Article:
By Tom Huggler
Illustration by Gordon Allen
Whenever the latest issue of Reader's Digest arrived in my parents’ mailbox, I was often the first to page through it while looking for “My Most Unforgettable Character.” Thinking back over many years of bird hunting, I’ve met my share of unusual people, including dog trainers, hunting guides and fellow nimrods. Many were vaguely memorable, to be sure, but truly unforgettable? That takes at least 40 years to qualify.
One autumn afternoon in the mid-1970s, I met Nelson “Red” Karnahan in my friend George’s barbershop in Honor, Michigan. While George snipped away at the few remaining tufts of Red’s copper-colored hair, he introduced us to each other as his favorite hardcore woodcock hunters. That’s all it took to plan for a hunt on Wednesday, George’s day off.
Red had retired early due to job-related stress as an oil-field supervisor. Too young for Social Security, he relied on a meager pension, cut and burned his own wood, and ate fish and game. He was unmarried and lived with Trapper, his three-legged setter, in a cabin in the woods. The two of them lived for fall, when they could hunt woodcock every day during the then 60-day season. A high-strung, full-throttle guy in good physical shape, Red liked to walk the legs off younger hunters like me, and he usually kept at it until he, at least, had bagged the daily limit of five woodcock.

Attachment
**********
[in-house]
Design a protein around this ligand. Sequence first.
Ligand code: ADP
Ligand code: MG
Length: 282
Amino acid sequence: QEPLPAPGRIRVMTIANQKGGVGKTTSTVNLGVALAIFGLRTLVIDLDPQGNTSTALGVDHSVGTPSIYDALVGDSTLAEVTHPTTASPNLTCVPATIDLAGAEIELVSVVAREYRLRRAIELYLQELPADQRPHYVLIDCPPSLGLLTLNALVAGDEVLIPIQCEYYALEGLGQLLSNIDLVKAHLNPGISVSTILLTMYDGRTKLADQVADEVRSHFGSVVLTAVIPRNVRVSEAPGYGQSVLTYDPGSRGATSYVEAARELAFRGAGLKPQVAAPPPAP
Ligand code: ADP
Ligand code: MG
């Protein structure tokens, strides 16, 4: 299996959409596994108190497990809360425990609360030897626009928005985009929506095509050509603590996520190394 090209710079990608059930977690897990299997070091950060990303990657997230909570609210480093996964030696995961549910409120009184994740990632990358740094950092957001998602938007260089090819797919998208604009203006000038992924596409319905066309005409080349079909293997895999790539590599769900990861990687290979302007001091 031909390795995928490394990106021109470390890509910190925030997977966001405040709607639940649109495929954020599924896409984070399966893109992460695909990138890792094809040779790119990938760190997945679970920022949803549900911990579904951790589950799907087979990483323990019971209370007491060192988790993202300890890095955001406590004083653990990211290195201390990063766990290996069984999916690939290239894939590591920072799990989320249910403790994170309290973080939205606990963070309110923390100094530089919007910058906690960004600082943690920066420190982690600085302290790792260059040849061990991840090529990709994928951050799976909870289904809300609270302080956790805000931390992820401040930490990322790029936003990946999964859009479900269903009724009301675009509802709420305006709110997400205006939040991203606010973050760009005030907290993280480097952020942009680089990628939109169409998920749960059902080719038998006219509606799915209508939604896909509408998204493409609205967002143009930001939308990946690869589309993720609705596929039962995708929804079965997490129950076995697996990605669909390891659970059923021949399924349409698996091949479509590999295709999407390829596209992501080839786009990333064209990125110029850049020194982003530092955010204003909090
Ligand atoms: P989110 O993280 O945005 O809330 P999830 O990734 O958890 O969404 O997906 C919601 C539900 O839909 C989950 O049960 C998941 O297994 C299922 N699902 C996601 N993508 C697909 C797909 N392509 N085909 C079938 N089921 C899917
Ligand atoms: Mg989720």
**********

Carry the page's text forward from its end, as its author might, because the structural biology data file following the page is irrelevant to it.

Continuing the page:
His goal was 300 woodcock every year, and he never passed up grouse, either, although they were of secondary importance. To this day I don’t know why Red was so wired, prompting me to wonder if he loved woodcock or hated them. We never talked about it. Politics was another favorite subject, and whenever we took a knee (to rest the dogs, of course), he would wind up, growing so red-faced angry that the veins on his temples would bulge like clothesline rope. Then, as the color would slowly faded, the voice would calm and Red would announce: “Time to hunt.” And that was that.
Although I lived downstate a couple hundred miles away, Red and I hunted together at least once every fall until Red died. George told me what happened. During a rest break, Trapper wandered off and found a bird. His beeper collar signaled that he was on point. Red told the other hunters to wait while he went in after the dog. They heard a shot; but Red never came out.
They found him on the ground, his back to a tree, a dead woodcock in his hand.